Reform of Italian insolvency

07 September 2007

Antonio Danile

The Italian Insolvency Law[1] has recently undergone a major reform[2] which focused on two of the main insolvency procedures:


  1. compulsory liquidation (“fallimento”); and

  2. arrangements with creditors (“concordato preventivo”).

Here, we consider only the new rules regarding compulsory liquidation.

Compulsory liquidation

It is worth pointing out at the outset that judicial liquidation proceedings are usually complex and capable of lasting several years. Generally the proceedings run as follows:

  • filing of the petition;

  • issuing of the judicial liquidation order (so-called “sentenza dichiarativa di fallimento”) and the appointment of the public receiver (“curatore fallimentare”);

  • drawing-up of the creditors’ list and rank order (“verifica dello stato passivo”);

  • liquidation of the debtor’s assets and filing of claw-back actions; and

  • distribution of the proceeds of the bankruptcy estate (if any) to the creditors.

The main effects of compulsory winding-up are:

  • the debtor cannot continue trading, unless the Court expressly authorises this for a limited period of time, which rarely happens in practice;

  • the Court appoints a public receiver and directors are removed from their positions. The public receiver has the power to collect assets, bring legal actions in relation to the debtor’s claims and otherwise manage the debtor’s assets;

an immediate suspension of the payment of all debts and liabilities of the debtor;

  • the debtor cannot manage or dispose of its assets;

  • any legal actions brought by creditors are stayed; and

  • some payments made, securities given or transactions entered into by the debtor within the so-called “suspect period” prior to the declaration of insolvency can be set aside under certain conditions (see points d.iv. and d.v. below)

Reform

The key issues can be summarised as follows:


  1. The new regulation is applicable to both business legal entities and individual entrepreneurs providing:


    1. the overall value of the business assets and investments at stake exceed the threshold of €300,000.00;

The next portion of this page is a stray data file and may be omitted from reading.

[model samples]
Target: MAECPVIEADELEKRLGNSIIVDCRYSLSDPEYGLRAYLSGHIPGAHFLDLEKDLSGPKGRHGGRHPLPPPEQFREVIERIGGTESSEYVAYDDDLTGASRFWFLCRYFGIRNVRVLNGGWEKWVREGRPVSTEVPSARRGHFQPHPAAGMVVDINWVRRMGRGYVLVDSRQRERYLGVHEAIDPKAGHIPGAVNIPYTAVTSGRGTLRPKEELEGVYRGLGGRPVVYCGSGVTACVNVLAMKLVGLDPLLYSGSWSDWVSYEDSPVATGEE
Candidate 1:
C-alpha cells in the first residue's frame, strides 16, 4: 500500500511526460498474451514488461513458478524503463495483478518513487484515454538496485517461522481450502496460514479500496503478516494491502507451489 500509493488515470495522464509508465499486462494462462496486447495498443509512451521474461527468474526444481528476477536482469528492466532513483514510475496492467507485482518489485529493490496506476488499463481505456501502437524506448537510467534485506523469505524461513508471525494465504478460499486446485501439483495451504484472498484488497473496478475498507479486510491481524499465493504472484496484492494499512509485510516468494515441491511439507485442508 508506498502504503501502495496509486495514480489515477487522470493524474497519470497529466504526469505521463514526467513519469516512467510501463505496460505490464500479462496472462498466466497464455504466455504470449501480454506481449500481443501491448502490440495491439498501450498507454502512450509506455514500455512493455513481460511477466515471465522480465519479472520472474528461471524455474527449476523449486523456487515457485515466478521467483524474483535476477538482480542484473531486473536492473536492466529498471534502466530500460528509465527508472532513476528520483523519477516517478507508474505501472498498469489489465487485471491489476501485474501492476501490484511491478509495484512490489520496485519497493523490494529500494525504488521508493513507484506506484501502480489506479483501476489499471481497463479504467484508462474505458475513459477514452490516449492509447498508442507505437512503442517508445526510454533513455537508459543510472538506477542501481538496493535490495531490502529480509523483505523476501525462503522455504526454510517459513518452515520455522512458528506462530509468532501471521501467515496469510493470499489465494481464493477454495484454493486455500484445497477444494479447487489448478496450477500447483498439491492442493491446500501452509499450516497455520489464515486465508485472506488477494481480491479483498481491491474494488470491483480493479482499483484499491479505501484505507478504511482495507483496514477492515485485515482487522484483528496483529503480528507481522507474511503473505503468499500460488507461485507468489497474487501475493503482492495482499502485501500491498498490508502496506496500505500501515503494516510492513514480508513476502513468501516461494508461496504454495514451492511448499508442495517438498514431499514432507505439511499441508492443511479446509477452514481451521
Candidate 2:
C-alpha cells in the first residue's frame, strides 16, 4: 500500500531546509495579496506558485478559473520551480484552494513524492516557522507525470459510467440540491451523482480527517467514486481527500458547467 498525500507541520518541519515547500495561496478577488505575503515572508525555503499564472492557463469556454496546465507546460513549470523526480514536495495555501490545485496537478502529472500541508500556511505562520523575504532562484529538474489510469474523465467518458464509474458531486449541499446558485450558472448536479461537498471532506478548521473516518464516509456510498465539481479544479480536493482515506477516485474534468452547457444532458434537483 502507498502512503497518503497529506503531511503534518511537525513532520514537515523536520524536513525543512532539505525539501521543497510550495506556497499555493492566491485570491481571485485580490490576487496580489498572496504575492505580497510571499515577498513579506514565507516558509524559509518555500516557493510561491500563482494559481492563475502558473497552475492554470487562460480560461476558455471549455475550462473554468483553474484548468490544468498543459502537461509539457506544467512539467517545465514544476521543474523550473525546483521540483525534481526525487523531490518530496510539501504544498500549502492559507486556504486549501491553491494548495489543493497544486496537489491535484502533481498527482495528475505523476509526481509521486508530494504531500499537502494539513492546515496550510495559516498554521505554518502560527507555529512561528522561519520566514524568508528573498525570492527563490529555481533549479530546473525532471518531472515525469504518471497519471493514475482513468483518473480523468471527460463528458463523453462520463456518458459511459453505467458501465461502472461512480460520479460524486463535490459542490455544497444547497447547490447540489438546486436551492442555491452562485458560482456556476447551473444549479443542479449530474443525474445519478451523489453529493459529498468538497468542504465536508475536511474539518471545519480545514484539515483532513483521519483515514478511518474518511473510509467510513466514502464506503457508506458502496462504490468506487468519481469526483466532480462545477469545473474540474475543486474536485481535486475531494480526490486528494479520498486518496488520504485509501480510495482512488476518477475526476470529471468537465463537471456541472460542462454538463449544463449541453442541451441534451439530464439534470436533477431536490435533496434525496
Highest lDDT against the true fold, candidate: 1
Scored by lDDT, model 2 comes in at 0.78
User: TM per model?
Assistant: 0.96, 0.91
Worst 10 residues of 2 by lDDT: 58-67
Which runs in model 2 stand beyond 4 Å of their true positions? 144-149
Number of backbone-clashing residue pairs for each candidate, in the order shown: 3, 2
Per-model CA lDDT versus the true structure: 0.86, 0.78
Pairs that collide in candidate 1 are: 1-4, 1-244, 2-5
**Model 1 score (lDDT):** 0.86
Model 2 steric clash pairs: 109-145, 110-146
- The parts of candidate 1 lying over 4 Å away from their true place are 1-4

2. the average gross annual turnover during the previous three fiscal years is higher than €200,000.00;

    3. the debtor is deemed to be “insolvent”, i.e. unable to pay its debts on a regular basis by way of a common means of payment (e.g. cash). Usually any transitory and/or non-material illiquidity or financial difficulty that is likely to be resolved in the short term neither compels the debtor nor gives creditors reason to file for the entity’s liquidation.

  2. Insolvency orders can no longer be issued by the Court ex officio, (as was possible prior to the reform). This means that only creditors, the debtor itself and the public prosecutor are now entitled to file a petition for the compulsory liquidation of the company or the individual entrepreneur, and petitions are generally filed by creditors.

  3. The Court of the place where the registered office of the individual or company is located has the power to issue an insolvency order. It has also been clarified that – in order to avoid the risk of “forum-shopping” – any change of the place of business made on the part of the debtor within the year prior to the filing of the petition is to be regarded as ineffective when determining the competent court.

  4. The court appointed public receiver is entitled to start legal proceedings (by filing a “claw back action”) in order to have the following transactions set aside: